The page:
The US Supreme Court has refused to revive a $5.7 billion class action settlement between millions of retailers and Visa and MasterCard over interchange fees.
The court turned away an appeal from retailers that had agreed to the settlement, leaving in place a US federal appeals court decision from last year which killed off the deal.
The initial settlement was reached in 2012, with Visa and Mastercard agreeing to pay up $7.25 billion to retailers over claims that the card schemes had improperly fixed credit and debit card swipe fees.
However, the deal was soon rejected by a host of top retailers and trade groups, who counter-sued the card schemes in search of heftier fines and deeper reforms. Nearly 8000 merchants opted out, bringing the settlement down to $5.7 billion.
In a victory for those merchants, in 2016 the 2nd US Circuit Court of Appeals in New York unanimously struck down the settlement, with Judge Pierre Leval saying: "This is not a settlement; it is a confiscation."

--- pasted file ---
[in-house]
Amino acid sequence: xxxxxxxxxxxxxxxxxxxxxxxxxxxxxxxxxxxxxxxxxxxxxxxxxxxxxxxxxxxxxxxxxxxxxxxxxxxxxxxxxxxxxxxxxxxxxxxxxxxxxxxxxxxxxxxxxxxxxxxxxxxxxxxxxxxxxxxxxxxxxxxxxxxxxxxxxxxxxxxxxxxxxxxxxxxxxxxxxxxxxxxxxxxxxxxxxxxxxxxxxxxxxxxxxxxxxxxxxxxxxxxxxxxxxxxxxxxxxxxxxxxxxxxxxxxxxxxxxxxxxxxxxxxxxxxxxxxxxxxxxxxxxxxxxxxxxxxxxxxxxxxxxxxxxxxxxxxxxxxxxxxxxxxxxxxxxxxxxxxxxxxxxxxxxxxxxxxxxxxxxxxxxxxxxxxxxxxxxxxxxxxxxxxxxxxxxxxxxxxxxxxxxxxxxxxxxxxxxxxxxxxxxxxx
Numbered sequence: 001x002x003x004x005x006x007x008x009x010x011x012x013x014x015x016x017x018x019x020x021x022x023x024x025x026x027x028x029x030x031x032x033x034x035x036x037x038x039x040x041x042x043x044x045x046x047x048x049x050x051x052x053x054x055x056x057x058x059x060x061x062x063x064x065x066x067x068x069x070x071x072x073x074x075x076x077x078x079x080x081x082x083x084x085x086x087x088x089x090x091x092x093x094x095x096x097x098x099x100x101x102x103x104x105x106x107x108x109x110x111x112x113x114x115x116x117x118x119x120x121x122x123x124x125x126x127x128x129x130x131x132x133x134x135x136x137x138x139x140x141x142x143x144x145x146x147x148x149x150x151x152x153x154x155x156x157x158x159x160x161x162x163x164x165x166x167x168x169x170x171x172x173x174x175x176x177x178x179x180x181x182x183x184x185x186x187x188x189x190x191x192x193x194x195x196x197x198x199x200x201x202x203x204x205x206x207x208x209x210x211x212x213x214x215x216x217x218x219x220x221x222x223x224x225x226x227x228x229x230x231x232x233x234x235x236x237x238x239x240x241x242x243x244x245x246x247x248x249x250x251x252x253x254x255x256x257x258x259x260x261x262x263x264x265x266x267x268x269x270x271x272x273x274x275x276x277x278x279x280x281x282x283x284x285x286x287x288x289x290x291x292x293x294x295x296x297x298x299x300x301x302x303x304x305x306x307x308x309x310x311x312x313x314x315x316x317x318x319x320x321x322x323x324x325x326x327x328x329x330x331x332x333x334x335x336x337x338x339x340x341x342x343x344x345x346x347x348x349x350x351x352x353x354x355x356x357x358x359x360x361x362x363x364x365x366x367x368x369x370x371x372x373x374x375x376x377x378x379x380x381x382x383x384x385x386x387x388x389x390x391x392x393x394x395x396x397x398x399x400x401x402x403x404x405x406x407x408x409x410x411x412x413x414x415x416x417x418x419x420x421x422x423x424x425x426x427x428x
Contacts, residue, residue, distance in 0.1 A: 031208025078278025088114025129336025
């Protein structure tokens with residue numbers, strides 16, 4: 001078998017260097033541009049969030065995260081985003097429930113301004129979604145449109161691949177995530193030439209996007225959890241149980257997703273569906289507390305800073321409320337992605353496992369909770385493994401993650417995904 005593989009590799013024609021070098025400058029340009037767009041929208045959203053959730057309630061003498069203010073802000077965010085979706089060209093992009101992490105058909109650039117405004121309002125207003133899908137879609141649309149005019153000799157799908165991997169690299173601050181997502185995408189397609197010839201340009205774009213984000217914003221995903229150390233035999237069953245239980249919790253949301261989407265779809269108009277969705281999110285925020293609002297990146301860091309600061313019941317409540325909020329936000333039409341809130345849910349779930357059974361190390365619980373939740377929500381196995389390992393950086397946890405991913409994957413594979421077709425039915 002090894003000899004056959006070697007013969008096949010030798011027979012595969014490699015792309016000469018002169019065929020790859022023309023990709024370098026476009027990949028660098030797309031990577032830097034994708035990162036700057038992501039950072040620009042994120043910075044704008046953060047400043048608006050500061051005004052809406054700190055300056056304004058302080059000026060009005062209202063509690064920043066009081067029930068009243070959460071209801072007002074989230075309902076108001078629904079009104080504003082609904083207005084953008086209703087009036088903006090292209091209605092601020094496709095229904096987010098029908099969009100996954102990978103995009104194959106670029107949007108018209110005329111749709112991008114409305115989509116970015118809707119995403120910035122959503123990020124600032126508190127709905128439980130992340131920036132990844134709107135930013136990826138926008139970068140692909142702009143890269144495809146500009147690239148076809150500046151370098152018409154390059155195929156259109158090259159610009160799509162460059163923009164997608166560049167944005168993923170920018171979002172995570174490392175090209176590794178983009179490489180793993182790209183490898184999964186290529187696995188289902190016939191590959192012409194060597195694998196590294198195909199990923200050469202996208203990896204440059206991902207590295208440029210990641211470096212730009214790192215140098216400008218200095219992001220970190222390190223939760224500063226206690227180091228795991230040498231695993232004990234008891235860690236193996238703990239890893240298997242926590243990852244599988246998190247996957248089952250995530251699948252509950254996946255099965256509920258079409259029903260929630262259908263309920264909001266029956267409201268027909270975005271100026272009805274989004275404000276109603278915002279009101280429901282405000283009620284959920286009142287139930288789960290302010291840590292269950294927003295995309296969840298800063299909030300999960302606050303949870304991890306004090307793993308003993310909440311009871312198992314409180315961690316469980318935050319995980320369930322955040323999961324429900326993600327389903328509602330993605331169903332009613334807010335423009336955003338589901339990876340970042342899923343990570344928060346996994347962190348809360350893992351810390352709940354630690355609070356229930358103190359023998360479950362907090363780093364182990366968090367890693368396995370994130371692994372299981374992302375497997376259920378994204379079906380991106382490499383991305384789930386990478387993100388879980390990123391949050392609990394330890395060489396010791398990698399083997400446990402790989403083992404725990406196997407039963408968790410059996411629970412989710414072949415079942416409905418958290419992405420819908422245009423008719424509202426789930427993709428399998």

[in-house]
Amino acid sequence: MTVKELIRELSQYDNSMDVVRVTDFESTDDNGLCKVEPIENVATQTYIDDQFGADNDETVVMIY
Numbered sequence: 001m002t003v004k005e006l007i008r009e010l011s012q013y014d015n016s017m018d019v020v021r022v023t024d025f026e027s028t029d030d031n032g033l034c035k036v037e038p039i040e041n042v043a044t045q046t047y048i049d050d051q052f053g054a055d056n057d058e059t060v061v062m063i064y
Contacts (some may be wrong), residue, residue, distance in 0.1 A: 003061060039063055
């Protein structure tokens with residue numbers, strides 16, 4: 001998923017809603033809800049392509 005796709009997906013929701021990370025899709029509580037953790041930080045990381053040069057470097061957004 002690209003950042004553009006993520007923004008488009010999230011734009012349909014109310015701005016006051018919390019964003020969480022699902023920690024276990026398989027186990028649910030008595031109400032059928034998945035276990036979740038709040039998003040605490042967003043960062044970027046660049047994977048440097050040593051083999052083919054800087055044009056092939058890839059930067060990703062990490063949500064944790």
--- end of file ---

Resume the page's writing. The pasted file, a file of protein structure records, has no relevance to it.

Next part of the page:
The court ruled that a provision in the settlement stopping merchants from suing over fees was unfair and also criticised lawyers that represented the retailers for not doing enough to protect their interests.
A group of smaller retailers tried to get the settlement revived in a move supported by Visa and Mastercard but America's top court has now rejected this without commenting on its decision.